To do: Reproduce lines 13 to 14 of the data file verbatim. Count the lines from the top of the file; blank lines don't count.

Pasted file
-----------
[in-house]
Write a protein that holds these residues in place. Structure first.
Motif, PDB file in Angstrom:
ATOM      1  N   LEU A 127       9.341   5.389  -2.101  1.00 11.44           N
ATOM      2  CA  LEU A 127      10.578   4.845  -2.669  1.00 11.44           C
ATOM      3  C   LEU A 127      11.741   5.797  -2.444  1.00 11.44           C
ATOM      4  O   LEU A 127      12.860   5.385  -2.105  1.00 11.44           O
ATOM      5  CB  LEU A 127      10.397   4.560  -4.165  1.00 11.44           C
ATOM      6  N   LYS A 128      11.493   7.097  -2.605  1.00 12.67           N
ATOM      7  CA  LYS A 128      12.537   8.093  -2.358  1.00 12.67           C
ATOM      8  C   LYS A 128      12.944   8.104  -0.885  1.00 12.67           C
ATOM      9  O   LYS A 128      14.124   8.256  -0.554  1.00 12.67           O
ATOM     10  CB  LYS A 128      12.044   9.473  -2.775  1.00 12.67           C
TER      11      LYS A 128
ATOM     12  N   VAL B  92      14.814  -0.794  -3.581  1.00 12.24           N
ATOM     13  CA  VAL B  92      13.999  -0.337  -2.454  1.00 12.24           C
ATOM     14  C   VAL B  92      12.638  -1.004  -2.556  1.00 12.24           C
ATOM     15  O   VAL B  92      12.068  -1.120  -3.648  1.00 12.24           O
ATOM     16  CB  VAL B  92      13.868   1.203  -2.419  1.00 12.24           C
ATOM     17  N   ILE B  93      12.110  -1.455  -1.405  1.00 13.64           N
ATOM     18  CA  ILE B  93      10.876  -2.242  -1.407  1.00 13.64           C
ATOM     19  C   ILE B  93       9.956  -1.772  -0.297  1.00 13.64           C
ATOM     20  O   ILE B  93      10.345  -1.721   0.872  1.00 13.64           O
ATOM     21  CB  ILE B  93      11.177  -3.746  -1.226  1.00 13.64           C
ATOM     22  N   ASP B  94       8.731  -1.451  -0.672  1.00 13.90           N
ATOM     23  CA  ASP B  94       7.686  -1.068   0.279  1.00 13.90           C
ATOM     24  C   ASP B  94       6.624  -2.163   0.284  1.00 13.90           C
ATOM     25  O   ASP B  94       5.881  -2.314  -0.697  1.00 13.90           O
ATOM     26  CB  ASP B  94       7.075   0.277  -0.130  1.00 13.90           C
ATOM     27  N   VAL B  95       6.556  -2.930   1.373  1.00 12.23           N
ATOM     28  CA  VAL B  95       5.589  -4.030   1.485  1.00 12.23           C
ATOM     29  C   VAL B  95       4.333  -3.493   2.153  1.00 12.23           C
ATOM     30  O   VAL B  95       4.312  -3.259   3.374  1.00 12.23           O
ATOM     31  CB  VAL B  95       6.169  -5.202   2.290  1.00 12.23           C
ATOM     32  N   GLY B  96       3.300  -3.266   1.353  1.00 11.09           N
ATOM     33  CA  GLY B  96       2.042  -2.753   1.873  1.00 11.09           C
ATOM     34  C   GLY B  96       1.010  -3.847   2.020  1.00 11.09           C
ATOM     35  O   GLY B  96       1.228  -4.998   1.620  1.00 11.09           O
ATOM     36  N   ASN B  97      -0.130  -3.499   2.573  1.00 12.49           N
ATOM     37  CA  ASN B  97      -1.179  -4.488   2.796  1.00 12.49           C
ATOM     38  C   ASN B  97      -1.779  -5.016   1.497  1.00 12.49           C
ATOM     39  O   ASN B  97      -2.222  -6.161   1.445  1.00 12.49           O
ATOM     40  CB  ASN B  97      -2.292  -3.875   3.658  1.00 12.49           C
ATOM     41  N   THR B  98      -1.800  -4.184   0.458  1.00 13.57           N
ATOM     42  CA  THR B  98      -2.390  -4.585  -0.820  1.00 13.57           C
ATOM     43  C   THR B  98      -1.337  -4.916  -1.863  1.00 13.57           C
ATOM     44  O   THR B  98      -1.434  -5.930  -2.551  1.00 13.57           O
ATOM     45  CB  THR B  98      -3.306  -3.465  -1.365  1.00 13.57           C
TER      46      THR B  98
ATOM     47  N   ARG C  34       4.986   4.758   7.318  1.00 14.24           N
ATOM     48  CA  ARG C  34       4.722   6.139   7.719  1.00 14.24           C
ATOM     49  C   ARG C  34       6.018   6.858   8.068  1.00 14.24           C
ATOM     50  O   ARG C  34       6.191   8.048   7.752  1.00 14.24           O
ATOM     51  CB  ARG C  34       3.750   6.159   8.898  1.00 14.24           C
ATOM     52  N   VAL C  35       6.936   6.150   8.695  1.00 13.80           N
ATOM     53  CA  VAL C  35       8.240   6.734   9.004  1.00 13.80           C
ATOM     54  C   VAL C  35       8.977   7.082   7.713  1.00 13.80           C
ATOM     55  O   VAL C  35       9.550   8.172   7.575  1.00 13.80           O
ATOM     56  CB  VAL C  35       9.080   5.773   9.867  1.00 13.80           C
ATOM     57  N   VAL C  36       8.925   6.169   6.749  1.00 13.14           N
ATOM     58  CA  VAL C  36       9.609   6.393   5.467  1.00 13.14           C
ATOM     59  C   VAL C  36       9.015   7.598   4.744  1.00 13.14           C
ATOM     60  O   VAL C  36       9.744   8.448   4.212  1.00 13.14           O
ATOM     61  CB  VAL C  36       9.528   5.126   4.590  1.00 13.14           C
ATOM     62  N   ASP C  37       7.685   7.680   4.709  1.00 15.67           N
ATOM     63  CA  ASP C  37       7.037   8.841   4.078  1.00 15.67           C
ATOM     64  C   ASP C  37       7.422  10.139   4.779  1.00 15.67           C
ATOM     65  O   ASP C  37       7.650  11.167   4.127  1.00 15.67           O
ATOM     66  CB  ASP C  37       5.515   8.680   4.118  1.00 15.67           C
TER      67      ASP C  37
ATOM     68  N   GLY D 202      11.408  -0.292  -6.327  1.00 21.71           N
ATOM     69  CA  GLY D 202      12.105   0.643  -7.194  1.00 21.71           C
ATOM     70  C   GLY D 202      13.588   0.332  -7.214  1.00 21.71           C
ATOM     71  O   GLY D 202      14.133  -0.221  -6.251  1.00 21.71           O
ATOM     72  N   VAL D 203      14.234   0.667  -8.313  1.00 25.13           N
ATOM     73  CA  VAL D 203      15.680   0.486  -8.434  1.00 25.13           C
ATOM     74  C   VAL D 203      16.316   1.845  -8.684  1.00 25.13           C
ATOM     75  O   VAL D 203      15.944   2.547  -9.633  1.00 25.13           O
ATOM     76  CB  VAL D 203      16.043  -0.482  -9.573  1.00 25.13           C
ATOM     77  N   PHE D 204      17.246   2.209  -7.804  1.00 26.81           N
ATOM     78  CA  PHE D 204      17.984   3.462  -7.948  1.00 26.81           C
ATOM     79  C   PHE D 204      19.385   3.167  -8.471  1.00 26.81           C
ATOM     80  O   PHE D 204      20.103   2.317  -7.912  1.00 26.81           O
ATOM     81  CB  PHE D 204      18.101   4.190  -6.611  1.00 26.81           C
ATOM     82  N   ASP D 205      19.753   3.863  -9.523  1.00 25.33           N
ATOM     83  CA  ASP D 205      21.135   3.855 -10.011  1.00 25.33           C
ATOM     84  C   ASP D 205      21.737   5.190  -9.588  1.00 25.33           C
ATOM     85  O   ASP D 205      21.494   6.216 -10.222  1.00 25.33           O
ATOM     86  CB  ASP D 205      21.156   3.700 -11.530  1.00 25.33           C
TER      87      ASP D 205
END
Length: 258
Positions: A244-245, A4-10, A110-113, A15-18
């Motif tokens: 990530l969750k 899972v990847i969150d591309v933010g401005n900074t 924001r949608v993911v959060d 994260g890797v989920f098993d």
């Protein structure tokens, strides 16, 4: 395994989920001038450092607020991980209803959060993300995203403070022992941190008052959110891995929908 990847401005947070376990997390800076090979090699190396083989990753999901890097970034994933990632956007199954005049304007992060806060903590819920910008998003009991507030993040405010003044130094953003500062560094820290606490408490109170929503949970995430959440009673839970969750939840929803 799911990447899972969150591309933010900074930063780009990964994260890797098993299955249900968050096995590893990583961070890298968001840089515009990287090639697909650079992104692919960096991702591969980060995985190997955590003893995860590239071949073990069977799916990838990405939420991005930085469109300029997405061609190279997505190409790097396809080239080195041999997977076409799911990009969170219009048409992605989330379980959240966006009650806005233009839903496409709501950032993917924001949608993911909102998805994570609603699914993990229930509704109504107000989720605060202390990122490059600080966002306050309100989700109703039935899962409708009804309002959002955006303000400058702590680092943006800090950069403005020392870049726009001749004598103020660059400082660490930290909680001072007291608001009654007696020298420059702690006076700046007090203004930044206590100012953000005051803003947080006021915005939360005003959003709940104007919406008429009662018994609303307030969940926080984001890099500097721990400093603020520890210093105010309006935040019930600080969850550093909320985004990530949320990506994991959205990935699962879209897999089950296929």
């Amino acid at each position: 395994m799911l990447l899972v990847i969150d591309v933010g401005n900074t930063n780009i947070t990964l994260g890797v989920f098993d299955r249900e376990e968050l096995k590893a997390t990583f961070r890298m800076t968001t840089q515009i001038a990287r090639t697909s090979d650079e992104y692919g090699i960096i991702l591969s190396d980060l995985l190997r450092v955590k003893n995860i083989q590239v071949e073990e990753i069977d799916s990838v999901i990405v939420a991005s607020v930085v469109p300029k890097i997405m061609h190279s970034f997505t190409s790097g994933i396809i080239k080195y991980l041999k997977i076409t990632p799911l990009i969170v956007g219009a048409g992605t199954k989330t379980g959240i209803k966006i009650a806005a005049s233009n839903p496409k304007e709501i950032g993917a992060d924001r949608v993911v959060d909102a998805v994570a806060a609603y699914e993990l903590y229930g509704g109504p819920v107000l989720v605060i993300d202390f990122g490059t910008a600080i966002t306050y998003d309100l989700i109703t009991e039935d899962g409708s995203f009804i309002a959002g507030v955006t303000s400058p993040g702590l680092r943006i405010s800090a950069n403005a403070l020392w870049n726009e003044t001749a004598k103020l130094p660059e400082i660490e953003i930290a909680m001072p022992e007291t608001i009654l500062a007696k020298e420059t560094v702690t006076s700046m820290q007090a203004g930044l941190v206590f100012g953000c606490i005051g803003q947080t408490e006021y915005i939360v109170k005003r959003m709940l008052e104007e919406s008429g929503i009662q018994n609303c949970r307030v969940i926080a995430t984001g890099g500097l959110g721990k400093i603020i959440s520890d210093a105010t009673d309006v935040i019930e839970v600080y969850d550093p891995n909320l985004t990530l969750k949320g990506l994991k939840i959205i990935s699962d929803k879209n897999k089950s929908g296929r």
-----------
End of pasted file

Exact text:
ATOM     10  CB  LYS A 128      12.044   9.473  -2.775  1.00 12.67           C
TER      11      LYS A 128